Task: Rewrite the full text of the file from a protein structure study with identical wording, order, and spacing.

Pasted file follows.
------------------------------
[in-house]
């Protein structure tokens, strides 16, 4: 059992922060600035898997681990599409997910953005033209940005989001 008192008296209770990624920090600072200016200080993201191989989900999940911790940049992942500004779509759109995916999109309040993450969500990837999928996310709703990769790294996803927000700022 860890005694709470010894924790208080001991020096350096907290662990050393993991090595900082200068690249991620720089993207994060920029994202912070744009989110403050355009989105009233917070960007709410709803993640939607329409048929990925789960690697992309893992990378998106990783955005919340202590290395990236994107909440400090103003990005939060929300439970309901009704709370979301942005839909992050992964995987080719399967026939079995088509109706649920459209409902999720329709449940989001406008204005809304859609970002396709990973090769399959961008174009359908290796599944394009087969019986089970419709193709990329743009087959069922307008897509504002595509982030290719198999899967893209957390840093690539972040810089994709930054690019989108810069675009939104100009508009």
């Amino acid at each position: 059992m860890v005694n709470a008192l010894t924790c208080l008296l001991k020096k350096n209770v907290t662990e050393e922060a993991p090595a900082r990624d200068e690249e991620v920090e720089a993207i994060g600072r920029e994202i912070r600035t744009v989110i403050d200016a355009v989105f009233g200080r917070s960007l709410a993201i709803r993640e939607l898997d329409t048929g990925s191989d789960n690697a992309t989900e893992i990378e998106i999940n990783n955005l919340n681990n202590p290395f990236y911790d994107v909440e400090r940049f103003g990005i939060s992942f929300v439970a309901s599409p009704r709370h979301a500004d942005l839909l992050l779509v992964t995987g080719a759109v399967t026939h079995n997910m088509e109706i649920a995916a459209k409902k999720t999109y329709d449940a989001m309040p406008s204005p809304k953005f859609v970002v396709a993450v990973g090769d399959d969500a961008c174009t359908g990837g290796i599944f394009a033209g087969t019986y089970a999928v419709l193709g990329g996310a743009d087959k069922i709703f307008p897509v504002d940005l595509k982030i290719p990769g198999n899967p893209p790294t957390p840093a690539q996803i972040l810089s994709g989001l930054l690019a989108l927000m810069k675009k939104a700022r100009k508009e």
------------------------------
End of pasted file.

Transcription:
[in-house]
């Protein structure tokens, strides 16, 4: 059992922060600035898997681990599409997910953005033209940005989001 008192008296209770990624920090600072200016200080993201191989989900999940911790940049992942500004779509759109995916999109309040993450969500990837999928996310709703990769790294996803927000700022 860890005694709470010894924790208080001991020096350096907290662990050393993991090595900082200068690249991620720089993207994060920029994202912070744009989110403050355009989105009233917070960007709410709803993640939607329409048929990925789960690697992309893992990378998106990783955005919340202590290395990236994107909440400090103003990005939060929300439970309901009704709370979301942005839909992050992964995987080719399967026939079995088509109706649920459209409902999720329709449940989001406008204005809304859609970002396709990973090769399959961008174009359908290796599944394009087969019986089970419709193709990329743009087959069922307008897509504002595509982030290719198999899967893209957390840093690539972040810089994709930054690019989108810069675009939104100009508009």
């Amino acid at each position: 059992m860890v005694n709470a008192l010894t924790c208080l008296l001991k020096k350096n209770v907290t662990e050393e922060a993991p090595a900082r990624d200068e690249e991620v920090e720089a993207i994060g600072r920029e994202i912070r600035t744009v989110i403050d200016a355009v989105f009233g200080r917070s960007l709410a993201i709803r993640e939607l898997d329409t048929g990925s191989d789960n690697a992309t989900e893992i990378e998106i999940n990783n955005l919340n681990n202590p290395f990236y911790d994107v909440e400090r940049f103003g990005i939060s992942f929300v439970a309901s599409p009704r709370h979301a500004d942005l839909l992050l779509v992964t995987g080719a759109v399967t026939h079995n997910m088509e109706i649920a995916a459209k409902k999720t999109y329709d449940a989001m309040p406008s204005p809304k953005f859609v970002v396709a993450v990973g090769d399959d969500a961008c174009t359908g990837g290796i599944f394009a033209g087969t019986y089970a999928v419709l193709g990329g996310a743009d087959k069922i709703f307008p897509v504002d940005l595509k982030i290719p990769g198999n899967p893209p790294t957390p840093a690539q996803i972040l810089s994709g989001l930054l690019a989108l927000m810069k675009k939104a700022r100009k508009e």